But in some of the aforementioned interviews, Cage explains that even his most seemingly out-there choices are considered — he has explanations for when he screams “beef” in A Score to Settle, when he elongates “taaaaalk” in Rage. They’re weird explanations, but he has them. He cites inspiration in pieces of art like Edvard Munch’s The Scream or hokey advertisements. He points to long-ago actors like James Cagney and Humphrey Bogart, and you can see their echoes in his performances — there’s a lot of Cagney in those Bad Lieutenant: Port of Call – New Orleans interrogation rooms, an acknowledged bit of Bruce Lee in Mandy. The end of Dog Eat Dog is given over to his extended Bogart impression.

For Cage, the expressiveness is the point, the emphasis that there are methods beyond just the Method. It’s less that he cannot do naturalistic so much as that he’s uninterested in it, preferring to make unexpected choices that leave an unmistakable mark. You chuckle at this guy flying off the handle, at the memes and such that prove he’s doing so, until you realize how conscious he seems to be of what he’s doing. It’s not that Nicolas Cage lacks self-awareness; instead, he commits enough to each role that we no longer sense the self-awareness. We see, instead, the affinity for weird choices, from the entirety of his wondrously unhinged, greasy performance in Grand Isle to the surprising sadness he brings to A Score to Settle. Laughing at him morphs into laughing with him, or perhaps into being legitimately moved.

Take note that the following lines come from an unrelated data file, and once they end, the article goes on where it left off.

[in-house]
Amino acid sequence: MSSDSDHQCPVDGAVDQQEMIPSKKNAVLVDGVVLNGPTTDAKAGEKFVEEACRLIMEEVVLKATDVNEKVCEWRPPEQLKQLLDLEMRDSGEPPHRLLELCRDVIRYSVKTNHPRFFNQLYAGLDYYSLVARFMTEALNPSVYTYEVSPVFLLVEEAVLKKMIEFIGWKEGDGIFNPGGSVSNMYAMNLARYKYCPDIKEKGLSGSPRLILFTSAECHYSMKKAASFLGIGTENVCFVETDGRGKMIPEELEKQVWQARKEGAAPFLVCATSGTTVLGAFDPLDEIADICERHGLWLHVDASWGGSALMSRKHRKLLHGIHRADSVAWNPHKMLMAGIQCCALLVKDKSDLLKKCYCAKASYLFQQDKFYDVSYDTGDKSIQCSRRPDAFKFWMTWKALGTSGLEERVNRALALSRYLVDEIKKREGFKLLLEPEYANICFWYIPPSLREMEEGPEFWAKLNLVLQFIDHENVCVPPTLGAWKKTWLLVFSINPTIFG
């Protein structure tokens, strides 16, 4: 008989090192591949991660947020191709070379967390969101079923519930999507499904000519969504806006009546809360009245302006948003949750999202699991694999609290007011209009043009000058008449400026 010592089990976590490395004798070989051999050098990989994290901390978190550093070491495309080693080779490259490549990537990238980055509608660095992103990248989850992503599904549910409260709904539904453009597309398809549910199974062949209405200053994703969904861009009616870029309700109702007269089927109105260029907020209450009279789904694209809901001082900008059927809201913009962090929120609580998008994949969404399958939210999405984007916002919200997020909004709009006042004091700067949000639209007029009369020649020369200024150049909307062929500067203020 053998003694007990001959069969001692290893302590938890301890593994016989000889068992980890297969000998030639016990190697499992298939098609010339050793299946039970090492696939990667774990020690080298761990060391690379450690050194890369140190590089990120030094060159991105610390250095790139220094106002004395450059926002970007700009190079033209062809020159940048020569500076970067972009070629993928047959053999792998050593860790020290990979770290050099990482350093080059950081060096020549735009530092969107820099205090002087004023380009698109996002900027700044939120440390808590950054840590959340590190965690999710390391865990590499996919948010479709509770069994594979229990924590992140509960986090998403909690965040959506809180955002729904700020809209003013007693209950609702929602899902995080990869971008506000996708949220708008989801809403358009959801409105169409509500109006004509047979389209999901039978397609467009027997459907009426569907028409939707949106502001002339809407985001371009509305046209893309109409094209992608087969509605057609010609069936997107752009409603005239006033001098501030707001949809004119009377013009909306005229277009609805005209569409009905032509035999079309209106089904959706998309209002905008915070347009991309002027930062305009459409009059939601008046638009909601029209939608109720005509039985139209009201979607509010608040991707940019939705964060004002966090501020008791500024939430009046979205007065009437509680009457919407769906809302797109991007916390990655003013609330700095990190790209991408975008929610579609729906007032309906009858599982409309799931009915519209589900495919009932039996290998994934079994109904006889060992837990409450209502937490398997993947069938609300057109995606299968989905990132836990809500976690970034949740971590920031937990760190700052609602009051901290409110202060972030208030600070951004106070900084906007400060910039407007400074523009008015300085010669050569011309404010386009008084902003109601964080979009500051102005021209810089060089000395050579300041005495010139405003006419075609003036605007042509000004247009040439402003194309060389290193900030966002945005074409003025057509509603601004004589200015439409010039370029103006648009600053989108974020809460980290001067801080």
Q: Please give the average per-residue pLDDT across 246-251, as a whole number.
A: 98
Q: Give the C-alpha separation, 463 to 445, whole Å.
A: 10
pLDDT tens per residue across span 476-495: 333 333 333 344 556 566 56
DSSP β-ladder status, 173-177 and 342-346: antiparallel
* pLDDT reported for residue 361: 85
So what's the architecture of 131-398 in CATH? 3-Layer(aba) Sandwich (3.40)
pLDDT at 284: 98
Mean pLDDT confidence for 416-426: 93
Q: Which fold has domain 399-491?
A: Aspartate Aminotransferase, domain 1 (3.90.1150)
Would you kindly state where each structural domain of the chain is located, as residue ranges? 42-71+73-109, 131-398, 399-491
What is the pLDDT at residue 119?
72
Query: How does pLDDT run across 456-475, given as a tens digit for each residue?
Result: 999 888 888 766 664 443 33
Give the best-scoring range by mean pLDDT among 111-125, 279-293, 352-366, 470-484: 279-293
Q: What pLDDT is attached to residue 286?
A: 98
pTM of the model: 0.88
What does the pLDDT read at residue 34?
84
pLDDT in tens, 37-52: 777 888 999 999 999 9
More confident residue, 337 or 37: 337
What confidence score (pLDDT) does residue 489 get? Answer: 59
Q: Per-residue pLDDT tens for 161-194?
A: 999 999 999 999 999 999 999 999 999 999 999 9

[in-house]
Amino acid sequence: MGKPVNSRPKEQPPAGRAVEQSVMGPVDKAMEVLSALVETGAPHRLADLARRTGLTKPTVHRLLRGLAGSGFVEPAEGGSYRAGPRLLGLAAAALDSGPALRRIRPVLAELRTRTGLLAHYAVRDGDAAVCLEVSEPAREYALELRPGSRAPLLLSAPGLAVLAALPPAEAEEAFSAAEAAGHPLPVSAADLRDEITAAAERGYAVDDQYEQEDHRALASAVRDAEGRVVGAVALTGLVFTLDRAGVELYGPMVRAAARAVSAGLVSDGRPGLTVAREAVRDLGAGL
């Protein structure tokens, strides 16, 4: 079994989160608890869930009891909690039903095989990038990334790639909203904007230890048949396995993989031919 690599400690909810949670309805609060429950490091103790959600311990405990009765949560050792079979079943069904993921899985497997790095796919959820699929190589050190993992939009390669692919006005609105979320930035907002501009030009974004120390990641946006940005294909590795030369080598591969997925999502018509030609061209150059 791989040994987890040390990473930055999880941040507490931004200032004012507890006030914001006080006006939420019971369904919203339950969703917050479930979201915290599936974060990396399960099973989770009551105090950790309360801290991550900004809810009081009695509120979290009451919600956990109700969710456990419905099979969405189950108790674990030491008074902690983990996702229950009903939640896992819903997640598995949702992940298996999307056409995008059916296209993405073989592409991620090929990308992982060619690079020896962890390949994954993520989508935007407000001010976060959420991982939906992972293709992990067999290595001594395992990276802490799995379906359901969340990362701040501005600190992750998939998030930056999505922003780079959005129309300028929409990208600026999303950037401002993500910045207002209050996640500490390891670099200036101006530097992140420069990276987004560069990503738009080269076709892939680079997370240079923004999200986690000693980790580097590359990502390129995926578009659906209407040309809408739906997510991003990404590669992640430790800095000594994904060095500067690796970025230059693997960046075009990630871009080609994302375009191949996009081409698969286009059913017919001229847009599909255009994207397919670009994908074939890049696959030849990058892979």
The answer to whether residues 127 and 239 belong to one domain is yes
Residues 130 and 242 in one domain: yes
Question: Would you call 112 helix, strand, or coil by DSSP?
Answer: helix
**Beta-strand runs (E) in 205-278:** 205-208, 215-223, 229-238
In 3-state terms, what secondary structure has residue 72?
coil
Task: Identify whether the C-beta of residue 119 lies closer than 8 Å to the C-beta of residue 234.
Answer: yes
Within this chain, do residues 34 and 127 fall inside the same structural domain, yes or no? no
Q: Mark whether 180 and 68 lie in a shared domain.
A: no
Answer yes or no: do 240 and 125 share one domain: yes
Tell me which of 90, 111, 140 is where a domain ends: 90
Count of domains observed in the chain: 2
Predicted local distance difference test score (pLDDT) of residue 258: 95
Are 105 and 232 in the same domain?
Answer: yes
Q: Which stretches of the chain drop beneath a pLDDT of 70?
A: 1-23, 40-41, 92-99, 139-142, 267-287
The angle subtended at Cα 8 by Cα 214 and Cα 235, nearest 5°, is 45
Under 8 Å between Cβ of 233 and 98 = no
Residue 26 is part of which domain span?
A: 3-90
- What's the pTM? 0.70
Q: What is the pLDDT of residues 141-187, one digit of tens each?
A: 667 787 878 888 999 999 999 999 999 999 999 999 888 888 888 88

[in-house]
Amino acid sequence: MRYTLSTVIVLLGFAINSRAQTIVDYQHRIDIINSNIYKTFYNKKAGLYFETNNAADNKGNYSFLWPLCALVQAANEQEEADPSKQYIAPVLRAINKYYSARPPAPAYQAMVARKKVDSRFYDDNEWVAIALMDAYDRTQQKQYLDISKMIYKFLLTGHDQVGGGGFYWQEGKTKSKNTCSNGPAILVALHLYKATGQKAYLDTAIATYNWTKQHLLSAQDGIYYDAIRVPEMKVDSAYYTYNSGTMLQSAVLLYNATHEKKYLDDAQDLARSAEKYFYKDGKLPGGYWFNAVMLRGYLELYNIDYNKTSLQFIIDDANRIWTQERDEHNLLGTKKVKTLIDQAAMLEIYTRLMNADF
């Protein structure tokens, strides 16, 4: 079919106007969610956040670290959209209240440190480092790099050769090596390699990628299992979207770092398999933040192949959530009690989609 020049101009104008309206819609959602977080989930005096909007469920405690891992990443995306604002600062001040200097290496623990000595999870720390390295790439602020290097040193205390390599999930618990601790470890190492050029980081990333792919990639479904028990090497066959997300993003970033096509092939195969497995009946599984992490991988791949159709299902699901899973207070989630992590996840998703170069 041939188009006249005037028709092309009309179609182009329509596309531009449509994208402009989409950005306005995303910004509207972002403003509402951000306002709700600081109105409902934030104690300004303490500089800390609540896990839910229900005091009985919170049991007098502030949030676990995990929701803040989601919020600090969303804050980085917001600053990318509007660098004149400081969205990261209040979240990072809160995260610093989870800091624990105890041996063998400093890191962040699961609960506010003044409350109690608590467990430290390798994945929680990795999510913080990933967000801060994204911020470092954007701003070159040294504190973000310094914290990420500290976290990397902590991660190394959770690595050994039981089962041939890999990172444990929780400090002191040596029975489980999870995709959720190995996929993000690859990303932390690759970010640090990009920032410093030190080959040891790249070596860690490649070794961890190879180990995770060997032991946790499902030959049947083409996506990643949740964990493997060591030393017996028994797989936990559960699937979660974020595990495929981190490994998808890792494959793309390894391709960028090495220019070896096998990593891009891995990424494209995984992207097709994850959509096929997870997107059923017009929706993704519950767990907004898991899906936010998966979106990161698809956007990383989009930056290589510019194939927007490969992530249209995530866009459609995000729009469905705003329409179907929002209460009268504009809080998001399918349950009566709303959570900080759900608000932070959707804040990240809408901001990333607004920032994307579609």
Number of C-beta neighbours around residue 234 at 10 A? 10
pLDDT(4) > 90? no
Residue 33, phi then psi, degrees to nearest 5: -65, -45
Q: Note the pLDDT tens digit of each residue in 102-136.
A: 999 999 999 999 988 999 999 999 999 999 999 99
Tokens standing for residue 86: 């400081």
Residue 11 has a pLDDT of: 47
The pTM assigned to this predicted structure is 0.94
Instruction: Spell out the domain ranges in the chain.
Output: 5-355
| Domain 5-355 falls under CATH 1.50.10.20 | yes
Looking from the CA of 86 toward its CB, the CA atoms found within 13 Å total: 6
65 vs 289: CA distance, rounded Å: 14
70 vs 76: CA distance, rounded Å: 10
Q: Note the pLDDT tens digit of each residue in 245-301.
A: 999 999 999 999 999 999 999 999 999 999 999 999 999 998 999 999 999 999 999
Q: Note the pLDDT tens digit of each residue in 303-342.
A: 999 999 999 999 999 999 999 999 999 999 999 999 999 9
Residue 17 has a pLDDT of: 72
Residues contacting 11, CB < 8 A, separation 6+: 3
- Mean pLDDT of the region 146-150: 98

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Color Out of Space
Color Out of Space (2019)

Contextualizing Cage

In her 2015 book National Treasure (which is about Cage himself rather than the film of the same name), Lindsay Gibb writes, “Cage is a reminder that it’s okay to care, even if it makes you look ridiculous.” She captures the sort of odd revelation that comes from watching so many of these movies end-to-end; that they represent a coherent philosophy and style. The more you look, the more the ironic bemusement seems to melt away. Which isn’t to say all the movies are good, or that they should be appraised with total sincerity — The Humanity Bureau is an unvarnished snooze, while Pay the Ghost mostly works because of how funny it is to hear anyone say the phrase “pay the ghost.” But Cage himself is actually pretty successful at moderating his own tone — he’s strikingly subdued and empathetic for the grim true-life subject matter of The Frozen Ground, and he never flies off the handle in Vengeance: A Love Story.